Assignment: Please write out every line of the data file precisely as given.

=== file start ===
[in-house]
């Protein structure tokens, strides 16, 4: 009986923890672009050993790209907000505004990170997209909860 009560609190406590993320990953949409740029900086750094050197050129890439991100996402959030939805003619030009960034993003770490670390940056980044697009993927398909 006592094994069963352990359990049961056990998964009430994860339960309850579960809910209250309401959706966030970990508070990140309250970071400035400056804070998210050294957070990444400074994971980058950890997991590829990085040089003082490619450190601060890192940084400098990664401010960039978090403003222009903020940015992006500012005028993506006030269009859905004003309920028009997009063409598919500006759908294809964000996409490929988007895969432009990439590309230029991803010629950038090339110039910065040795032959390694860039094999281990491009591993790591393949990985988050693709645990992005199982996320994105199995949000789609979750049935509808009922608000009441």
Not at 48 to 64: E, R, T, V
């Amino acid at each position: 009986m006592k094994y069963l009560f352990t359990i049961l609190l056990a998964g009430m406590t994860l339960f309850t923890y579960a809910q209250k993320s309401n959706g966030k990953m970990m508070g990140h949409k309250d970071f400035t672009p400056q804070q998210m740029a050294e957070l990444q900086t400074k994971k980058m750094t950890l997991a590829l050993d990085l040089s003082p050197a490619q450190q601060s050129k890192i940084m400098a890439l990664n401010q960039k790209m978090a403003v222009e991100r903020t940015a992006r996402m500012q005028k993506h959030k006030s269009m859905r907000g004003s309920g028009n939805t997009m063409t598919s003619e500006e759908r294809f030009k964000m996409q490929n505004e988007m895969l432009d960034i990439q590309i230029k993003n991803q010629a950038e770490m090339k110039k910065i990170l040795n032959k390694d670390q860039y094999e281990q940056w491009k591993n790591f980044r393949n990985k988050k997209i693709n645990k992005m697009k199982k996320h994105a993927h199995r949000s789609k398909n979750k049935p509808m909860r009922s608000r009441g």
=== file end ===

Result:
[in-house]
């Protein structure tokens, strides 16, 4: 009986923890672009050993790209907000505004990170997209909860 009560609190406590993320990953949409740029900086750094050197050129890439991100996402959030939805003619030009960034993003770490670390940056980044697009993927398909 006592094994069963352990359990049961056990998964009430994860339960309850579960809910209250309401959706966030970990508070990140309250970071400035400056804070998210050294957070990444400074994971980058950890997991590829990085040089003082490619450190601060890192940084400098990664401010960039978090403003222009903020940015992006500012005028993506006030269009859905004003309920028009997009063409598919500006759908294809964000996409490929988007895969432009990439590309230029991803010629950038090339110039910065040795032959390694860039094999281990491009591993790591393949990985988050693709645990992005199982996320994105199995949000789609979750049935509808009922608000009441």
Not at 48 to 64: E, R, T, V
């Amino acid at each position: 009986m006592k094994y069963l009560f352990t359990i049961l609190l056990a998964g009430m406590t994860l339960f309850t923890y579960a809910q209250k993320s309401n959706g966030k990953m970990m508070g990140h949409k309250d970071f400035t672009p400056q804070q998210m740029a050294e957070l990444q900086t400074k994971k980058m750094t950890l997991a590829l050993d990085l040089s003082p050197a490619q450190q601060s050129k890192i940084m400098a890439l990664n401010q960039k790209m978090a403003v222009e991100r903020t940015a992006r996402m500012q005028k993506h959030k006030s269009m859905r907000g004003s309920g028009n939805t997009m063409t598919s003619e500006e759908r294809f030009k964000m996409q490929n505004e988007m895969l432009d960034i990439q590309i230029k993003n991803q010629a950038e770490m090339k110039k910065i990170l040795n032959k390694d670390q860039y094999e281990q940056w491009k591993n790591f980044r393949n990985k988050k997209i693709n645990k992005m697009k199982k996320h994105a993927h199995r949000s789609k398909n979750k049935p509808m909860r009922s608000r009441g």